Lengths of the Principal Rivers in the World. / Heights of the Principal Mountains in the World.
1854 (dated 1850) 13 x 16 in (33.02 x 40.64 cm)
An attractive example of Mitchells 1854 Comparative Mountains and Rivers Charts. Mitchell based his Mountains and Rivers Chart on a nearly identical map first prepared by the American engraver H. S. Tanner in 1836.. This stunning center weighted chart, built on the Finley model, makes the significant advance of incorporating both mountains and rivers with substantial scientific and statistical data. The problem with both this map and Finley's is that the center weighted style fails to express context on a local level, thus diminish the magnitude of smaller yet highly significant ranges (like the Andes or the Alps) in comparison to the majesty of the Himalayas. Mitchell published this chart in his atlas from 1846 to the late 1850s before discontinuing the series and selling his map plates to DeSilver. This map was prepared by S. A. Mitchell for publication by the Philadelphia firm of Thomas Cowperthwait & Co. as plate no. 74 in the 1854 edition of Mitchell's New General Atlas. Dated and copyrighted, 'entered according to act of Congress in the year 1850 by Thomas Cowperthwait & Co. in the Clerk's office of the eastern District of Pennsylvania.'
Samuel Augustus Mitchell (March 20, 1792 - December 20, 1868) Senior began his map publishing career in the early 1830s. Having worked as a school teacher, Mitchell was frustrated with the low quality and inaccuracy of school texts of the period. His first maps were an attempt to rectify this problem. In the next 20 years Mitchell would become the most prominent American map publisher of the mid-19th century. Mitchell worked with prominent engravers J. H. Young, H. S. Tanner, and H. N. Burroughs before attaining the full copyright on his maps in 1847. In 1849 Mitchell teamed up with printer Cowperthwait & Company to produce the Mitchell's Universal Atlas and the Mitchell's General Atlas. In the late 1850s most of the Mitchell copyrights were bought by Desilver and Co. who continued to publish his maps, many with modified borders and color schemes, until Mitchell's son, Samuel Augustus Mitchell Junior, entered the picture. S.A. Mitchell Jr. purchased most of the copyrights back from Desilver and, from 1860 on, published his own New General Atlas. The younger Mitchell became as prominent as his father and published atlases well into the late 1880s when most of the copyrights were again sold and the Mitchell firm closed its doors for the final time.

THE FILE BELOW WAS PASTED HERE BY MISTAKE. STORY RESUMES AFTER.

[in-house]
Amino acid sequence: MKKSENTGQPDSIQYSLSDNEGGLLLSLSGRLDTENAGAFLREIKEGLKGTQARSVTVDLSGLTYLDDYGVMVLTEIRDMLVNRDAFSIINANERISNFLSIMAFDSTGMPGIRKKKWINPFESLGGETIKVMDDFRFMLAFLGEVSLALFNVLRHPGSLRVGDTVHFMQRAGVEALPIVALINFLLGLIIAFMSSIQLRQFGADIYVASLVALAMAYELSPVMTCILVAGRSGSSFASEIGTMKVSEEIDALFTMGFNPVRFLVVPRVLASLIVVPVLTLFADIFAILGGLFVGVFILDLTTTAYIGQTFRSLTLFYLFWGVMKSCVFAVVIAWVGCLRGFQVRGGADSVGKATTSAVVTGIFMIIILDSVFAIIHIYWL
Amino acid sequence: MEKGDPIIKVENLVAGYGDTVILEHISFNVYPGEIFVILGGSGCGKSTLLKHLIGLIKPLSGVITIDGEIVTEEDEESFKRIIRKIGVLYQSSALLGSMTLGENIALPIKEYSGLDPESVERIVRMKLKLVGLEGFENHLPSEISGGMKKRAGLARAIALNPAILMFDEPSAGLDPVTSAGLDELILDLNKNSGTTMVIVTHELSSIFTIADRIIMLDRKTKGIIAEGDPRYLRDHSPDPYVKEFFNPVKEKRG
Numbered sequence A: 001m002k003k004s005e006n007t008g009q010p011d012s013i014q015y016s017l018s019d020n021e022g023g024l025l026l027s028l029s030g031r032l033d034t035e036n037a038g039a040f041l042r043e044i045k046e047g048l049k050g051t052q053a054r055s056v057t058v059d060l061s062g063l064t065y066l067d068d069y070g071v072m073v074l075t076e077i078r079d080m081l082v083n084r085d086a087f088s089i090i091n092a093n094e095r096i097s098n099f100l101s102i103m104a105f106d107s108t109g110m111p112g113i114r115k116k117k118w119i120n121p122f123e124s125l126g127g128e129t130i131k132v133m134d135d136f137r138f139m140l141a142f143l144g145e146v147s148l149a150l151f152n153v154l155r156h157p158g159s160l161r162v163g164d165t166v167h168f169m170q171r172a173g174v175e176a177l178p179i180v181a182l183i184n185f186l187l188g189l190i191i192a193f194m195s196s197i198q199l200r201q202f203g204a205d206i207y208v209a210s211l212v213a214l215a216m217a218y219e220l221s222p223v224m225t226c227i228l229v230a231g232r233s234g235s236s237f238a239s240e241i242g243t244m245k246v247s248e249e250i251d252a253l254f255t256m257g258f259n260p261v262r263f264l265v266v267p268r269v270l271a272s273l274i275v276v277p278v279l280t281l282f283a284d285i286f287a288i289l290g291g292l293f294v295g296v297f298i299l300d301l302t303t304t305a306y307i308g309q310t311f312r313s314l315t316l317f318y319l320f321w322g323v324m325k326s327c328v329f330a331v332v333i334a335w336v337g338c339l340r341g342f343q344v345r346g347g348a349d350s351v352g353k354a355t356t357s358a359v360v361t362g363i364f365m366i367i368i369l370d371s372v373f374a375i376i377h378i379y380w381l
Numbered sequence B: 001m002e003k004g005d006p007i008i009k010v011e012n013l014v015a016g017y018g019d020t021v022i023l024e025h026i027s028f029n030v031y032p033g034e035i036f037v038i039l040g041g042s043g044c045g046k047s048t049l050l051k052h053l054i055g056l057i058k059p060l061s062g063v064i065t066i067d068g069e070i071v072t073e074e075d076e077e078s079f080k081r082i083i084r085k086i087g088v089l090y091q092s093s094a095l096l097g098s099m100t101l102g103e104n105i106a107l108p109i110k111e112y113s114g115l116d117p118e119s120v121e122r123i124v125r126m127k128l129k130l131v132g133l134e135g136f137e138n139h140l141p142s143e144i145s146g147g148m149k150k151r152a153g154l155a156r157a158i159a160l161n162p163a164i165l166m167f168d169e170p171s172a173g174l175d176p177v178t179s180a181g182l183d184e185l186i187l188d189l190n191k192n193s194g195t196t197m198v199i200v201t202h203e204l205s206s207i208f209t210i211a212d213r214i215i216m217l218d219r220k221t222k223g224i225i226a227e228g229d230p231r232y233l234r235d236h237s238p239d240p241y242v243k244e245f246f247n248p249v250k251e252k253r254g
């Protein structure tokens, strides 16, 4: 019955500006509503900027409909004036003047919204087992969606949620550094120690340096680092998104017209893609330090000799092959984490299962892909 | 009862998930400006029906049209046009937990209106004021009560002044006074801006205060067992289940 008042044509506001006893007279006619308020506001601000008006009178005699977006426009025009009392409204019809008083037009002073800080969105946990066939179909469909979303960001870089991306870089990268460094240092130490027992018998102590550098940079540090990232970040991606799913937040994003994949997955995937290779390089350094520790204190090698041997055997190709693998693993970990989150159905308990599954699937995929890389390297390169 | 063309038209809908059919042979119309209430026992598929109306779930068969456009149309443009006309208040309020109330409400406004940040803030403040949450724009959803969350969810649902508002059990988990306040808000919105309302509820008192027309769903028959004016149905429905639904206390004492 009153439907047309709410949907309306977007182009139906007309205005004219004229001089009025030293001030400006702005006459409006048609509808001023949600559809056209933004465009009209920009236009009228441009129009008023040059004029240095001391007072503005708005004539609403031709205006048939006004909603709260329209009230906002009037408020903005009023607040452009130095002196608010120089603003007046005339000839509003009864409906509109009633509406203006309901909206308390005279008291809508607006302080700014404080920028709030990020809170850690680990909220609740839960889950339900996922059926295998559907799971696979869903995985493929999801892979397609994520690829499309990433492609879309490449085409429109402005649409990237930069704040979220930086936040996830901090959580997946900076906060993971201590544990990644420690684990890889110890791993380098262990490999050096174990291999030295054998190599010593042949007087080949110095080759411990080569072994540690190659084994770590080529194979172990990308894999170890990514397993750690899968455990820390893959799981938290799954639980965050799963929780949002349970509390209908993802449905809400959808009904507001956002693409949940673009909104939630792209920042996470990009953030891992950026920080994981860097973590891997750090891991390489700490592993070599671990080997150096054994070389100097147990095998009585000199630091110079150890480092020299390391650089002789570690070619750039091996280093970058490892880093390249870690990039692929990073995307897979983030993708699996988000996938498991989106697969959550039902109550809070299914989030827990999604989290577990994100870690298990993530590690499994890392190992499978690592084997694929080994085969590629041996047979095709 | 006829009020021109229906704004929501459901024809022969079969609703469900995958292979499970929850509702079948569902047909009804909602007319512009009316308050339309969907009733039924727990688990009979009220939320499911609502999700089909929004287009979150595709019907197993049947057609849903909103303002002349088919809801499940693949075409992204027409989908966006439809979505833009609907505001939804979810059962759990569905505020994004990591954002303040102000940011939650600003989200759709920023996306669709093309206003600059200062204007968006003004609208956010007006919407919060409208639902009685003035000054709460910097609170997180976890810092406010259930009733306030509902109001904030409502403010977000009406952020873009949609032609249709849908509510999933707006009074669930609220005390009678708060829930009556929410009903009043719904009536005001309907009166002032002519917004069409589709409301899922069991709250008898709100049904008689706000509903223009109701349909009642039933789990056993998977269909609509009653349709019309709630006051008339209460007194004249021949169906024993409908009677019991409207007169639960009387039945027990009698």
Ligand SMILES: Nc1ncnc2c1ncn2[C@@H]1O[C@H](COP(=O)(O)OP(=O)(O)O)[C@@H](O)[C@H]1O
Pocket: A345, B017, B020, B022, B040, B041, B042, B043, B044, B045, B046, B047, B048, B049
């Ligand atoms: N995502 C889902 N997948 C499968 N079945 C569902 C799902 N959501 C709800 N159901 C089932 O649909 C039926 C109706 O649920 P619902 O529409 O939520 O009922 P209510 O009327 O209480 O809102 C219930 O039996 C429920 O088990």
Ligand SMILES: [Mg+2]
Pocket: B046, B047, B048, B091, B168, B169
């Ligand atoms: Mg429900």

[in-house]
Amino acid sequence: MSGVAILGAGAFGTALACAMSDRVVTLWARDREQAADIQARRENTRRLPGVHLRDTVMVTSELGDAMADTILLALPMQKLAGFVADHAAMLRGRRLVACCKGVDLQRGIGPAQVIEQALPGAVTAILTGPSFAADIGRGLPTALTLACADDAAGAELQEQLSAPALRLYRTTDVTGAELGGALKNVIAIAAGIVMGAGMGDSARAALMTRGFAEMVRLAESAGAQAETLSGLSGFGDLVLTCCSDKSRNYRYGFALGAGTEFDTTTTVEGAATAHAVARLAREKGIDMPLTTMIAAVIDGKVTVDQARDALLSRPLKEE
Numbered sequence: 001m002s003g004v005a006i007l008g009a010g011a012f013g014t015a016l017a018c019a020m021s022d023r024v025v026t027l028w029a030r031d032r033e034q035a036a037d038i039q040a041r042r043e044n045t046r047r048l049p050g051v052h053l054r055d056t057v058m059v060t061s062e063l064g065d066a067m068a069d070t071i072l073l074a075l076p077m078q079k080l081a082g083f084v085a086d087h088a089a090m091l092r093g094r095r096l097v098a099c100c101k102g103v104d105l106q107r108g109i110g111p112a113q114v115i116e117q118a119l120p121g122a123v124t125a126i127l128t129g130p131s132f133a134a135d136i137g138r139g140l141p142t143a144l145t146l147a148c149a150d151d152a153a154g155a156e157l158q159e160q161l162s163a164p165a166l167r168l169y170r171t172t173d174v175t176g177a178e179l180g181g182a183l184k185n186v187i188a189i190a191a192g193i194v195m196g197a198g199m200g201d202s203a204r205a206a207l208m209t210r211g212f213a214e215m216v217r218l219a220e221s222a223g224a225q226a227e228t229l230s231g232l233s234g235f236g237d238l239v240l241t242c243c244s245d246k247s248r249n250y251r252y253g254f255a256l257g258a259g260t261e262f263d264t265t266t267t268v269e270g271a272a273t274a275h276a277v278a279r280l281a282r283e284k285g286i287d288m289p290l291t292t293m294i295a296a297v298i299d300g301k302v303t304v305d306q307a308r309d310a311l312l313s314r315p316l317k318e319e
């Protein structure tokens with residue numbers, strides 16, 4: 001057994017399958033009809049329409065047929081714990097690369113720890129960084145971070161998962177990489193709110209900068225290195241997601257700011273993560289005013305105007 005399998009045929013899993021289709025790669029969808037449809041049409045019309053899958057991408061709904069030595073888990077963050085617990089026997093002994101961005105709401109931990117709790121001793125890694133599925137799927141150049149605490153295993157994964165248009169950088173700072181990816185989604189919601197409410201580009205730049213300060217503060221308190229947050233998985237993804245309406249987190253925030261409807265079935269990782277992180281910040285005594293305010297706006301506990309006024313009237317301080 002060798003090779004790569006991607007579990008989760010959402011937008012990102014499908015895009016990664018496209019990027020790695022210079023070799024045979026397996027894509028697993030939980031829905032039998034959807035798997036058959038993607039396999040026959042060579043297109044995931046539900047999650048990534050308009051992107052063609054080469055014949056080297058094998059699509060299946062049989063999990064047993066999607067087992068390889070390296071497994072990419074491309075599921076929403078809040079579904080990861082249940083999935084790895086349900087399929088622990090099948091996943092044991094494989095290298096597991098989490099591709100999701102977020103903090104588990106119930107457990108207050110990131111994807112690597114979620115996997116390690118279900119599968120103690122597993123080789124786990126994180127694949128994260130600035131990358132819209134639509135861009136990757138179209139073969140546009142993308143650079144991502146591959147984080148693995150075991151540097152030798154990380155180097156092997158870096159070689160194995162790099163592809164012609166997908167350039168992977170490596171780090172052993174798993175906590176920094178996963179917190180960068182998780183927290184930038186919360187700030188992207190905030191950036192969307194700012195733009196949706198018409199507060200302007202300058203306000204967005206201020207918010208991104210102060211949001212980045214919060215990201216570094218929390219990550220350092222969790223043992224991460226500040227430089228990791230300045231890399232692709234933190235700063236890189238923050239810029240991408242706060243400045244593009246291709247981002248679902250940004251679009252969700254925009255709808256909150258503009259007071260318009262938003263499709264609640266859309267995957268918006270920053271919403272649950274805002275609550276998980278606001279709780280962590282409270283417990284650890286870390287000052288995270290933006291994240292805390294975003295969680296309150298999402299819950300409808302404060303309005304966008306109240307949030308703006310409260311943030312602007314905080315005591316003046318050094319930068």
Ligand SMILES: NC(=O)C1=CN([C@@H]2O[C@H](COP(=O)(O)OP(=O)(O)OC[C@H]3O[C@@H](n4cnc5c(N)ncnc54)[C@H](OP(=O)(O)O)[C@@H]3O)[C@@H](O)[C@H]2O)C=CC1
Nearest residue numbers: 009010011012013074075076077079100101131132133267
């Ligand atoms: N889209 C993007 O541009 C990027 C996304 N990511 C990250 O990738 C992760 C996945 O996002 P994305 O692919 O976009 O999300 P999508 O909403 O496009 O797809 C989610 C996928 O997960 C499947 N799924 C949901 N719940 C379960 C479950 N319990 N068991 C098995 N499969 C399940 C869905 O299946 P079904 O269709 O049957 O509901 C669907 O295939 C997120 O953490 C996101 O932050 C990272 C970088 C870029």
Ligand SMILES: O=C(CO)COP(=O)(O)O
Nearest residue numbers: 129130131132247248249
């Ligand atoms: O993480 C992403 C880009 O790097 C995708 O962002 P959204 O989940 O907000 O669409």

Mitchell, S. A., A New Universal Atlas Containing Maps of the various Empires, Kingdoms, States and Republics Of The World, (Thomas Cowperthwait & Co., Philadelphia) 1854.
Good. Some offsetting and repair along the lower border - price reflects these issues..
Rumsey 0537.001 (1846 edition). Phillips (Atlases) 814.